At Spiked Online, Brendan O'Neill reminds us that The Guardian may currently be fighting the good fight against state smashers of hard drives and intimidators of journalists' loved ones, but the newspaper's institutional stance on the matter of press freedom is shaky at best. In fact, the press regulation scheme unveiled last year in Great Britain, and now the subject of vigorous debate in the country, has been championed every step of the way by the editors of that newspaper.
Everything that is now being done to the Guardian has already been done to the tabloid press, a hundred times over, and often at the behest of the Guardian. For all the initial depictions of Mr Miranda as 'just Glenn Greenwald's partner', in fact he was ferrying encrypted information from the NSA leaker Edward Snowden on flights paid for by the Guardian. That is, he was detained and questioned over journalistic material acquired through illegal means. That's already happened to the tabloids. Over the past two years of post-phone hacking, post-News of the World harassment of tabloid hacks by the state, 104 people have been arrested, questioned, usually put on unjustly elongated bail, and sometimes imprisoned. These include many journalists but also office secretaries and other non-journalist types, like Mr Miranda, who stand accused of handling illegally acquired material. The 104's crimes include 'disclosure of confidential information' – not that dissimilar to what Greenwald and Miranda have done in terms of getting hold of and publishing Snowden's illegally leaked confidential material. Yet while the redtop writers rot in legal limbo, Mr Miranda becomes a chattering-class cause célèbre.
To be clear, Brendan O'Neill is not suggesting that it's OK to target journalists and that Greenwald and company deserve the sort of mistreatment that tabloid journalists have received in the past. In fact, Spiked Online and O'Neill opposed the Leveson inquiry that led to the current press regulation proposals before it ever unveiled its proposals for greater state control over journalists. His point is that "the newspaper editors, politicians and concerned tweeters now getting het up about the state's interference in journalistic activity, about what they call the state's 'war on journalism', are the very same people – the very same – who over the past two years cheered the state harassment of tabloid journalists."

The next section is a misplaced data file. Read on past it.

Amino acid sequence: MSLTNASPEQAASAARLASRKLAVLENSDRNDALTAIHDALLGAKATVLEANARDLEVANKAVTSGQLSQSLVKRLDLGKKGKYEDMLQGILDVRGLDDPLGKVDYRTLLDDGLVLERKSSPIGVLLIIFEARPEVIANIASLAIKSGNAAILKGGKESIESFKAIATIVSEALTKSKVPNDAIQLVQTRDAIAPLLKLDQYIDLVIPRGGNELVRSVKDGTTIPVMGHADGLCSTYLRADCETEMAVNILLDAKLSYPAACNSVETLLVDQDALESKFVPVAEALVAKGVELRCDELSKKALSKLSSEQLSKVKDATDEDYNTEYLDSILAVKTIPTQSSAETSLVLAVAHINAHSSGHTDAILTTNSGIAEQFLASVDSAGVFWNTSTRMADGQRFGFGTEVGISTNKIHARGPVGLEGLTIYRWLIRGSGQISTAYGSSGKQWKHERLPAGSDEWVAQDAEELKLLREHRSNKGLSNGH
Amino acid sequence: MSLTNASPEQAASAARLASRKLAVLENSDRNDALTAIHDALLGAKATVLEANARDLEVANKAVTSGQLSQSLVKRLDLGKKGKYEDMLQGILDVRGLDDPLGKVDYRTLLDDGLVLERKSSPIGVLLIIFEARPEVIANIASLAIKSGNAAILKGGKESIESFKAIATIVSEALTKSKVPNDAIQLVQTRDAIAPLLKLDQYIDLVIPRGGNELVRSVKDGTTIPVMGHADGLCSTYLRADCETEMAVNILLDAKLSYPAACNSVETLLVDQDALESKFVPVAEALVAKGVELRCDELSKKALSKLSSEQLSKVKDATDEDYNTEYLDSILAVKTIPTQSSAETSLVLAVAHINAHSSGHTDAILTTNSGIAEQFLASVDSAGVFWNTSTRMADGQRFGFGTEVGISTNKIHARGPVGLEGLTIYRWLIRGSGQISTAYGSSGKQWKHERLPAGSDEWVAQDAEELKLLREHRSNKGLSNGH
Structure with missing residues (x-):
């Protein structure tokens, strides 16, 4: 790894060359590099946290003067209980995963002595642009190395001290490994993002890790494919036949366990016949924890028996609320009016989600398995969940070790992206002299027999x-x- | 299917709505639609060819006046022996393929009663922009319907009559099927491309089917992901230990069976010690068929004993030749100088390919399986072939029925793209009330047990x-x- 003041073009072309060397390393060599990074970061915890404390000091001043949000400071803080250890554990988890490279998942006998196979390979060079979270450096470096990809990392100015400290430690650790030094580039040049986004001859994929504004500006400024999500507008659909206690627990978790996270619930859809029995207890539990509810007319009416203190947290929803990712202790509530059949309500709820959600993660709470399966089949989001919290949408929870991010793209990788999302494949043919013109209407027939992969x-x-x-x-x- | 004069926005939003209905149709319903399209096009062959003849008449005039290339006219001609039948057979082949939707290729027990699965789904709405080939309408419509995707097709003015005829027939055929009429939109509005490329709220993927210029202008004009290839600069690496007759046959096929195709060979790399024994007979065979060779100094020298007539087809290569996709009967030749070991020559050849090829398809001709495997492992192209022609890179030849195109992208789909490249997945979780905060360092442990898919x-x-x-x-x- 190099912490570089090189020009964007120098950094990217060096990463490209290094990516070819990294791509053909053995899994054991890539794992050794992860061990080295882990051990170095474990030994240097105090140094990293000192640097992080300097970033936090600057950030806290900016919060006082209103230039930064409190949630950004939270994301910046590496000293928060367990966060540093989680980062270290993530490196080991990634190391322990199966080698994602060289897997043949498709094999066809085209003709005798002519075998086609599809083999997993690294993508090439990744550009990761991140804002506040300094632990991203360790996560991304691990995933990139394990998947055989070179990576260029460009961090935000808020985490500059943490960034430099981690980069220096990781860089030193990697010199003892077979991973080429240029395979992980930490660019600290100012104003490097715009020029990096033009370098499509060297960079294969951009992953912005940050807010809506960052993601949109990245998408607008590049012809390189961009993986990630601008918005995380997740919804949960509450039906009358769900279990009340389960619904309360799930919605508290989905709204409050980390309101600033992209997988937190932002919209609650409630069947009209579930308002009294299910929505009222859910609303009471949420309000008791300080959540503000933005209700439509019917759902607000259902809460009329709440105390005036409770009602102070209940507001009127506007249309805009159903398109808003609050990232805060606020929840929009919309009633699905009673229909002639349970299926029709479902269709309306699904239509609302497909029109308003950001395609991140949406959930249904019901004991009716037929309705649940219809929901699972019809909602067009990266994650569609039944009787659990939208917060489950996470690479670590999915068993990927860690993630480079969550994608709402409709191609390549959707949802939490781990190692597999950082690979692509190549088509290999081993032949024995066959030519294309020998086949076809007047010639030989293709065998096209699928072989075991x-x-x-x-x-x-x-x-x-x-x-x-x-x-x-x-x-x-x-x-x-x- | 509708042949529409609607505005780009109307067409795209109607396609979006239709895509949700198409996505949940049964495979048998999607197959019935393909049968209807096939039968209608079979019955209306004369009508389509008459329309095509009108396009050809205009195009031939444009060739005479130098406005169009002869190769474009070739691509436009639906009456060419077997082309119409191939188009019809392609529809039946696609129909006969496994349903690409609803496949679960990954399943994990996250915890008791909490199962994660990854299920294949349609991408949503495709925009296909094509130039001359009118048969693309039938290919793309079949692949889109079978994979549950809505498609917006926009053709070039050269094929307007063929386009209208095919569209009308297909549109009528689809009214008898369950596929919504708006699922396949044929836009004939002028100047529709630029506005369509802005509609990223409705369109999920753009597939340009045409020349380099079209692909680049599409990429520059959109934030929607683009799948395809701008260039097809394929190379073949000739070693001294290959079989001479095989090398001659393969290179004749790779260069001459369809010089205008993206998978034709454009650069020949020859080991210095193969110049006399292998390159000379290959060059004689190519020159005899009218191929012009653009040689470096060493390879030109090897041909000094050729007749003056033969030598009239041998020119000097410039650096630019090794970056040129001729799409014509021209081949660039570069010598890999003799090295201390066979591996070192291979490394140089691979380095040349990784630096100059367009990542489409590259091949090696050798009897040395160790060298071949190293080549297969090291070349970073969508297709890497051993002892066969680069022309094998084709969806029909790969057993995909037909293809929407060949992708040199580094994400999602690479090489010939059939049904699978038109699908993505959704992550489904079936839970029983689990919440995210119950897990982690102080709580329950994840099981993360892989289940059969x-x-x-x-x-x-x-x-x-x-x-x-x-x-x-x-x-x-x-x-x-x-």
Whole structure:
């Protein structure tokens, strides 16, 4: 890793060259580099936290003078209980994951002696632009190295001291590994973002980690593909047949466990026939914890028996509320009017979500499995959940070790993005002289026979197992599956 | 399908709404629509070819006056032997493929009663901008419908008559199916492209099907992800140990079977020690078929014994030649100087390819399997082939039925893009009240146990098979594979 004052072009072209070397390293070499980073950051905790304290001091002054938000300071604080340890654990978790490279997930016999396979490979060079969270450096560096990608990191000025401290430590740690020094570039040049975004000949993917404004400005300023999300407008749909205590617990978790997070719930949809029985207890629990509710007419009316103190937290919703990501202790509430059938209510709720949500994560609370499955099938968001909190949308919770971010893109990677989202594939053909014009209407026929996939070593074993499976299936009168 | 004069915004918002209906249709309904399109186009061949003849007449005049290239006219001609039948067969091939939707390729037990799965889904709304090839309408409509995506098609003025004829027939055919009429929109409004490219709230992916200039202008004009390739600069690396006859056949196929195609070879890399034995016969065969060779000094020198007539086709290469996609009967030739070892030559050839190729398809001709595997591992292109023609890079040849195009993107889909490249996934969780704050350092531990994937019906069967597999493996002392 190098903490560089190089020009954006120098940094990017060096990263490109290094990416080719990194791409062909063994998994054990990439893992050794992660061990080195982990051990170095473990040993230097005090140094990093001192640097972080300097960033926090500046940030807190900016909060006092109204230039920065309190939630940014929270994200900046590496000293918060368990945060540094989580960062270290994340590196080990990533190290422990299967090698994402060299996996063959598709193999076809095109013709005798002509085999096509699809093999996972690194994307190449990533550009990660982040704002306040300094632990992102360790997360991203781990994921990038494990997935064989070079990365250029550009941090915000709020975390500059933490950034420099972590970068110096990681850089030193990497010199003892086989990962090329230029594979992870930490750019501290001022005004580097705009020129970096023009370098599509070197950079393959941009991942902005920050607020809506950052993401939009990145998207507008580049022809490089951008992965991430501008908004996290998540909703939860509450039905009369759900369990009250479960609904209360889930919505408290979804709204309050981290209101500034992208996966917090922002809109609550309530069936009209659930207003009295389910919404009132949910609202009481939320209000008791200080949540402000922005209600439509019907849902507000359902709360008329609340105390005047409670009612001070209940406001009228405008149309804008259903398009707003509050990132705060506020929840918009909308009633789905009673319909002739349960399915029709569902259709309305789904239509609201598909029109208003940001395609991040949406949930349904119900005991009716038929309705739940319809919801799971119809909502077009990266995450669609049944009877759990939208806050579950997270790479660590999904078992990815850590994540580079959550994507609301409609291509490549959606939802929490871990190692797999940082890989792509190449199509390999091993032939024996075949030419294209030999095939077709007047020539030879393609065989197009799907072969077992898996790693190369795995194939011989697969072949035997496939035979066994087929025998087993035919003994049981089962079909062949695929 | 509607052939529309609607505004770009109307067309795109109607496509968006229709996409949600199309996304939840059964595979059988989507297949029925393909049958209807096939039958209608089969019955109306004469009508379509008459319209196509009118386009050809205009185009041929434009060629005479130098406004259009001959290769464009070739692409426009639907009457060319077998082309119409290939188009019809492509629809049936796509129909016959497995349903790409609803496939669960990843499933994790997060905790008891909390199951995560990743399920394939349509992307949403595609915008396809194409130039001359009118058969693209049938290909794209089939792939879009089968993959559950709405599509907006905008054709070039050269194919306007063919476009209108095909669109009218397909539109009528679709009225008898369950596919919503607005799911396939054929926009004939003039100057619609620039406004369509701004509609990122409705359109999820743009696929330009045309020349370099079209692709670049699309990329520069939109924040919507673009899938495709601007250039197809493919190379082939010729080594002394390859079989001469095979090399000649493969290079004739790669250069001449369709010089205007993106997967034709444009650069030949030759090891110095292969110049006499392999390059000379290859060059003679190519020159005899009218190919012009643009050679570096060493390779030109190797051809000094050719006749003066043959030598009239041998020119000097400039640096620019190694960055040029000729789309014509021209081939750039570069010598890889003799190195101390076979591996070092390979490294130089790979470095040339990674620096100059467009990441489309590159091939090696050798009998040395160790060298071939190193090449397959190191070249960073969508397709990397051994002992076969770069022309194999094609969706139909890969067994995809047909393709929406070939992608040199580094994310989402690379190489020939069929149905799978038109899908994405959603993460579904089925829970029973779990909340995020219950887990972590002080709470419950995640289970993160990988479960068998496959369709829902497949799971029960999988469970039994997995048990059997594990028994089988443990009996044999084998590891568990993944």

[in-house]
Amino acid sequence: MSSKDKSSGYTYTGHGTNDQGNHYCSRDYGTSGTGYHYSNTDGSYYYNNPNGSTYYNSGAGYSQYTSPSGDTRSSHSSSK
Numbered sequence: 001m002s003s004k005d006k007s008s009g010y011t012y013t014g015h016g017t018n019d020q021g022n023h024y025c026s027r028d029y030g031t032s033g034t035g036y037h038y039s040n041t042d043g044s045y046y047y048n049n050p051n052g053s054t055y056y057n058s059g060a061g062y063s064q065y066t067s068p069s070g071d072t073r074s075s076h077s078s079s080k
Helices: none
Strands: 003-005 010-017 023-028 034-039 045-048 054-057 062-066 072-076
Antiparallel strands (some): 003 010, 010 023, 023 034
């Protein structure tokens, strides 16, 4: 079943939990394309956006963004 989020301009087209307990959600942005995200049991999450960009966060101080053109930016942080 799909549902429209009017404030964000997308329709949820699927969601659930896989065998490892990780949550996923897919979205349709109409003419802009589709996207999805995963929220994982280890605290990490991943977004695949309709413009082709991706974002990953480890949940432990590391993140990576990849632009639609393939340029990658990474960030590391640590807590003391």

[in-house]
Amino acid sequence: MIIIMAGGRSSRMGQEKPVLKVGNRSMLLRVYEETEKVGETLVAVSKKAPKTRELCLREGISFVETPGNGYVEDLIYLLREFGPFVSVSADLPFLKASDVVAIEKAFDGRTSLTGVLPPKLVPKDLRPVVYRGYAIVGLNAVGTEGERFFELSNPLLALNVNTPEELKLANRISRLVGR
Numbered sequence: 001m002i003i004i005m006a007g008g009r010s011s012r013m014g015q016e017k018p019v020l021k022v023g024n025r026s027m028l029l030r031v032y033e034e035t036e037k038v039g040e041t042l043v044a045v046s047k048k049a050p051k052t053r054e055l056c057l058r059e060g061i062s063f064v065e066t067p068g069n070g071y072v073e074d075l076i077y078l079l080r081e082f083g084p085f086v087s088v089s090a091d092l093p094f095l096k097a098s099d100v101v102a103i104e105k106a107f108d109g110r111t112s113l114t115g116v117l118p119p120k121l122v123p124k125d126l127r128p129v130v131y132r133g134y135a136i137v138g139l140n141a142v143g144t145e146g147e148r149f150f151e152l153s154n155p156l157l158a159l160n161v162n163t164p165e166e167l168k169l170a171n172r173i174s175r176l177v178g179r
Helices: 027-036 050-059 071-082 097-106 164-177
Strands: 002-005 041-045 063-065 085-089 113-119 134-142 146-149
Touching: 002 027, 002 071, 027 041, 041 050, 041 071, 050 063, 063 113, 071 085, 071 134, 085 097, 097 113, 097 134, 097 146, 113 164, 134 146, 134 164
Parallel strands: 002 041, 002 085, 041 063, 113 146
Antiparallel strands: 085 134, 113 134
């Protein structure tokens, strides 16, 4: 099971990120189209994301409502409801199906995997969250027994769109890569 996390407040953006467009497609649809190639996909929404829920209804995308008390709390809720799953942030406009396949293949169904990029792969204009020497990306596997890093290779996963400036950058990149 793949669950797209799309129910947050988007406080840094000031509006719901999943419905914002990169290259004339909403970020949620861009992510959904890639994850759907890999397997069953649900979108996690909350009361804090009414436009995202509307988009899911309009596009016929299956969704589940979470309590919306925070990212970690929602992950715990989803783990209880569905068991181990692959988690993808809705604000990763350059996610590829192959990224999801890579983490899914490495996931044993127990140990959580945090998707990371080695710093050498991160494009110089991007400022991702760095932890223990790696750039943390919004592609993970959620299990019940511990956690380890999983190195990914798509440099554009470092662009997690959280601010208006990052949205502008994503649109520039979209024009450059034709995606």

In fact, in December 2012, The Guardian editorialized in favor of accepting most of Leveson's recommendations for press regulation:
One possible starting point for the press and politicians would be to accept the rest of the Leveson report in full. This approach would require the press, in particular, to acknowledge the force and logic of much of his argument and to explain how it proposes to meet his challenges – including the central test of whether it is possible to achieve effective, independent regulation – without the use of statute.
That cheerleading for increased state scrutiny of the press continued into this year. In March, the paper editorialized:
To read some accounts of Monday night's Leveson vote a casual reader could be forgiven for thinking that Britain's press stands at a historic crossroads. One arrow points to freedom, the other to the end of all that Milton, Wilkes and Mill lived and died for.
The truth is rather more mundane. MPs are being asked to choose between two versions of a royal charter – a medieval piece of constitutional nonsense that fudges the issue of statutory regulation. There are good and bad things in both charters, not a straight choice between virtue and evil – and nothing in either to signal the death of press freedom. …
The Leveson inquiry was a necessary and useful examination of the ethics and standards of the press. The judge's report contained much that was sensible, along with some things that were much more contestable. It is a healthy thing, not a bad thing, that the whole issue of press regulation is the subject of open discussion and scrutiny.
None of this means that The Guardian deserved to have its offices invaded and its computers smashed, let alone that David Miranda, who had nothing to do with the newspaper's editorial stances on any issues, deserved to be detained and robbed by British authorities. What it does mean is that the editors of The Guardian should be seriously reconsidering their earlier cheerful disregard for warnings about the dangers of increasing state authority over the practice of journalism. Ultimately that power will be exercised by the sort of people who use every tool at their disposal to intimidate and abuse.